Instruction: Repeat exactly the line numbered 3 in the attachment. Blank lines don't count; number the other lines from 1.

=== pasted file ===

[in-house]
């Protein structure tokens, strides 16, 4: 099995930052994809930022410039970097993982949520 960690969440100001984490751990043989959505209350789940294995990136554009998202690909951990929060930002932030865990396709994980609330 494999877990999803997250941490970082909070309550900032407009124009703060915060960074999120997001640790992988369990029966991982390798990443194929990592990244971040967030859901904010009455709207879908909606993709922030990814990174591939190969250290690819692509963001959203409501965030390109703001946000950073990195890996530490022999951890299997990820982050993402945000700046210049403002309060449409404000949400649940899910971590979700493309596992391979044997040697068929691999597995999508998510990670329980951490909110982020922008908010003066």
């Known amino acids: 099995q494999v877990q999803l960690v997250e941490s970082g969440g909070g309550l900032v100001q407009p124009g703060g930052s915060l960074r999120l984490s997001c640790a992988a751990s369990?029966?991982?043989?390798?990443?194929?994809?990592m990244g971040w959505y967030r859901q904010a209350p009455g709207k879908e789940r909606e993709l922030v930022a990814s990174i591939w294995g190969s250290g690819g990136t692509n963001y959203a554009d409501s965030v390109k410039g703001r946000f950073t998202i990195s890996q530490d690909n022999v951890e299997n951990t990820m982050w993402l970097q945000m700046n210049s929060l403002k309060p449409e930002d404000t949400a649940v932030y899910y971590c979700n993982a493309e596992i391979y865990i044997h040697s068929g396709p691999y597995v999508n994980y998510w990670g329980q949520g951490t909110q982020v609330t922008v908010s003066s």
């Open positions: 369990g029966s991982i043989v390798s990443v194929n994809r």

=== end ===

């Known amino acids: 099995q494999v877990q999803l960690v997250e941490s970082g969440g909070g309550l900032v100001q407009p124009g703060g930052s915060l960074r999120l984490s997001c640790a992988a751990s369990?029966?991982?043989?390798?990443?194929?994809?990592m990244g971040w959505y967030r859901q904010a209350p009455g709207k879908e789940r909606e993709l922030v930022a990814s990174i591939w294995g190969s250290g690819g990136t692509n963001y959203a554009d409501s965030v390109k410039g703001r946000f950073t998202i990195s890996q530490d690909n022999v951890e299997n951990t990820m982050w993402l970097q945000m700046n210049s929060l403002k309060p449409e930002d404000t949400a649940v932030y899910y971590c979700n993982a493309e596992i391979y865990i044997h040697s068929g396709p691999y597995v999508n994980y998510w990670g329980q949520g951490t909110q982020v609330t922008v908010s003066s």